Saturday, January 30, 2016

How much should we kick folks after they die?

A MINOR media kerfuffle followed the recent passing of the Eagles guitarist, songwriter and co-founder Glenn Frey.
Amid the admiring assessments and farewells, Gersh Kuntzman declared in a column in The Daily News, “No disrespect to Glenn Frey — whose death this week is a cause for genuine mourning — but the Eagles were, quite simply, the worst rock and roll band.” Mr. Kuntzman proceeded to score Mr. Frey and company as too mainstream, too soft, too generic.
The backlash was immediate. A day later, Mr. Kuntzman reported receiving an “avalanche of hate mail” and even calls for his own death.
This took place atop the dissing of another acclaimed and departed musician. Even as David Bowie’s life and work were being celebrated, a friend of mine noted online that some Facebook acquaintances felt obliged to say in effect, “I never cared/listened/understood the attraction.”
Is it O.K. to publicly dump on the newly deceased — or for that matter, to offer them not-quite-heartfelt praise? It’s a tough call. No one likes a hypocrite. Just the same, there is surely a time and a place for everything.
The journalist and cultural critic H. L. Mencken had no doubts. When William Jennings Bryan died in 1925, he denounced the muddle-headed three-time presidential candidate and notorious opponent of evolution as “a charlatan, a mountebank, a zany without sense or dignity.” He added: “He was a peasant come home to the barnyard. Imagine a gentleman, and you have imagined everything that he was not.”
Today, plenty of naysayers are aping Mencken.
In an elephantine piece for Salon in 2011 on the “protocol for public figure deaths,” the journalist Glenn Greenwald scoffed at the effusive coverage years before of Tim Russert, the moderator of “Meet the Press,” and of Ronald Reagan. Dismissing the former as “awful” and “power-worshipping,” Mr. Greenwald complained, “We were all supposed to pretend we had lost some Great Journalist.” The latter’s post-mortem “canonization,” he charged, virtually ignored the Iran-contra scandal, exorbitant military spending, indifference to AIDS, vast income disparities, implicit racism and the Supreme Court nomination of Robert Bork — all in a sentence of about 160 words.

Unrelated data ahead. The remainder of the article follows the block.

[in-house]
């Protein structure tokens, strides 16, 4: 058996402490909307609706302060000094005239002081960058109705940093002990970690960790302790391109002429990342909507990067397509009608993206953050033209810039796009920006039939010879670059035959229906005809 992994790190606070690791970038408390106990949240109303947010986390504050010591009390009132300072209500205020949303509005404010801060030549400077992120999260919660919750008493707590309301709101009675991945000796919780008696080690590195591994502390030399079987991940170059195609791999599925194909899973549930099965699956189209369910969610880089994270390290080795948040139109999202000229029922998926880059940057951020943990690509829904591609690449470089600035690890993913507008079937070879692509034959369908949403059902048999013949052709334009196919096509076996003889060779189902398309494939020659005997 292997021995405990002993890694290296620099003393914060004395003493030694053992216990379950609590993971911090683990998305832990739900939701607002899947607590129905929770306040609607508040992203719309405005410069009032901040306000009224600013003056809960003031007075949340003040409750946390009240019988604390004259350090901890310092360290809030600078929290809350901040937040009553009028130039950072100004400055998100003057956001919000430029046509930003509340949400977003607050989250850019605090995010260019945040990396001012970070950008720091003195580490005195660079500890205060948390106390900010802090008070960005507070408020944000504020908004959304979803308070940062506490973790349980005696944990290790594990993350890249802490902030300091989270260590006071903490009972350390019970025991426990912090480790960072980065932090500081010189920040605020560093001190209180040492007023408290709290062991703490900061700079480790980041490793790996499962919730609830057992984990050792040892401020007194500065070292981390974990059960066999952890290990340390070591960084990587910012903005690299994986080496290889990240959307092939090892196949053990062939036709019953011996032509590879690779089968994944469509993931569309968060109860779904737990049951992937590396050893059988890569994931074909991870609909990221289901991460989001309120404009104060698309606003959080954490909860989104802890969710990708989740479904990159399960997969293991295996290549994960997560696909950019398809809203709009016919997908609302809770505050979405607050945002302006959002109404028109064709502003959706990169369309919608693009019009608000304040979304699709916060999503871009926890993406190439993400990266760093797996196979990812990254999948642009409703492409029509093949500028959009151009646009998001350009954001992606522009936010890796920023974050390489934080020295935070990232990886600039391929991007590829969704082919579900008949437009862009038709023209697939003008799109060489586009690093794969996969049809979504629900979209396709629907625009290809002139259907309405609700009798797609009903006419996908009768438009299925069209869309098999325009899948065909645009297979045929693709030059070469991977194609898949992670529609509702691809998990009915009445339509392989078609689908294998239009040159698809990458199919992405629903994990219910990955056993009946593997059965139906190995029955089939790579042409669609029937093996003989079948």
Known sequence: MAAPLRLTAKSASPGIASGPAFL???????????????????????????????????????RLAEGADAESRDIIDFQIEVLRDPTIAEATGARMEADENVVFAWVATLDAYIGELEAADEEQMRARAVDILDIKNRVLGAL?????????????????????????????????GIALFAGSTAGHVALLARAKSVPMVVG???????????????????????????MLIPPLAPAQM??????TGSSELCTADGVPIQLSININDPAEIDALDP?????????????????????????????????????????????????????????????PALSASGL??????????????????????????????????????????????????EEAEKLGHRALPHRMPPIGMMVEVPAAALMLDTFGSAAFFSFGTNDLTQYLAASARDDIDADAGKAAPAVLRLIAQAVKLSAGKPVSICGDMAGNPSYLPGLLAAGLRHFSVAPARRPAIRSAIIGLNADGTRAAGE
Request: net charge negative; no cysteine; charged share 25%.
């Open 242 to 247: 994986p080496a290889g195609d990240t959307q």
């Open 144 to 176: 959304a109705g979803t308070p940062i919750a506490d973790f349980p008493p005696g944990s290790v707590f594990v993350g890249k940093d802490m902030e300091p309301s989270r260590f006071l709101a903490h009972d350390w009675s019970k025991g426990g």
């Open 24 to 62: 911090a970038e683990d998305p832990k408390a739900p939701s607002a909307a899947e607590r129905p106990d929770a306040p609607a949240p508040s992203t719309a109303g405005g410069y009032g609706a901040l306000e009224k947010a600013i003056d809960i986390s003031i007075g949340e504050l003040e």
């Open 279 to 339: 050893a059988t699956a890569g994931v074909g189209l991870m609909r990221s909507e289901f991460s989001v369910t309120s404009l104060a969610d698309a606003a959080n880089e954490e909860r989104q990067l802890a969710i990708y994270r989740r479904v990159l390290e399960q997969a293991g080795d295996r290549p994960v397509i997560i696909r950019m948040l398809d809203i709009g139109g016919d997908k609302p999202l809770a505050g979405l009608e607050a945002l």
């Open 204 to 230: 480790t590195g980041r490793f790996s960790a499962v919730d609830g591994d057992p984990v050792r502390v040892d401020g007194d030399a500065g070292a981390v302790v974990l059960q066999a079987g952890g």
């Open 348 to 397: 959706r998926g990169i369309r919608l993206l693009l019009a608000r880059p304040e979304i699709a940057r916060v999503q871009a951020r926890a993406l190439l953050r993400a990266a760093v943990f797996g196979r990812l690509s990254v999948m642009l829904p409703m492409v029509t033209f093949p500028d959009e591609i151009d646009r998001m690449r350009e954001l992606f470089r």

The proximate peg for this invective, incidentally, was the expiration of Christopher Hitchens. Rejecting the “remarkably undiluted, intense praise lavished on him by media discussions,” Mr. Greenwald exhaustively savaged Mr. Hitchens for his “repellent” advocacy of the war on terror.
Mr. Hitchens most likely would have loved it. In 1997, baffled by the worldwide grief over Princess Diana’s fatal car accident, he ripped into her as “a spoiled child bride, a sulky wife, a narcissist, a borderline airhead with zero interest in books, history or tradition.” After the Rev. Jerry Falwell departed, he said, “I think it a pity there isn’t a hell for him to go to.”
The Internet age and postmodern decorum being what they are, kicking at folks when they’re permanently down will surely continue. Myself, having written hundreds of obituaries in my career, I tend to tilt toward balance and qualification — as called for, that is.
Of course, much depends on the personality. “When it comes to private individuals,” Mr. Greenwald suggested in Salon, “it’s entirely appropriate to emphasize the positives of someone’s life and avoid criticisms.” By contrast, he felt this tone “completely inapplicable to the death of a public person.”
But who’s to say where private ends and public begins? And how much posthumous opprobrium should be shoveled without tossing a posy or two, if only for decency’s sake? Even the crusty Mr. Hitchens allowed that Princess Diana opposed anti-personnel land mines, enjoyed children, was kind to an AIDS-stricken friend of his, disdained excessive ceremony and “was quite nice-looking.”
Perhaps the best tactic in these cases is to keep mum. Silence, after all, can speak volumes. When Senator Joseph R. McCarthy died in 1957, this newspaper’s publisher, Arthur Hays Sulzberger, told his editorial page editor, Charles Merz, “I don’t think we need an editorial on this.”
Mr. Merz agreed. “Why dignify the bastard,” he said, “let him pass from the scene without more attention.”
Or, if you feel the need to speak out about a contentious individual, consider this advice from Dean Acheson, the secretary of state in the Truman administration. Asked to comment about McCarthy, he replied, “Of the dead, nothing unless good.” (Although he said it in Latin: “De mortuis nil nisi bonum.”)
Assuming that truth will ultimately prevail, it probably can’t hurt to pause before speaking too ill or too well of certain dead, lest we embarrass ourselves. As my friend put it, “Hey, it’s O.K. to not like the Eagles. It’s also O.K. to shut up about it for a few days when one of them dies.”

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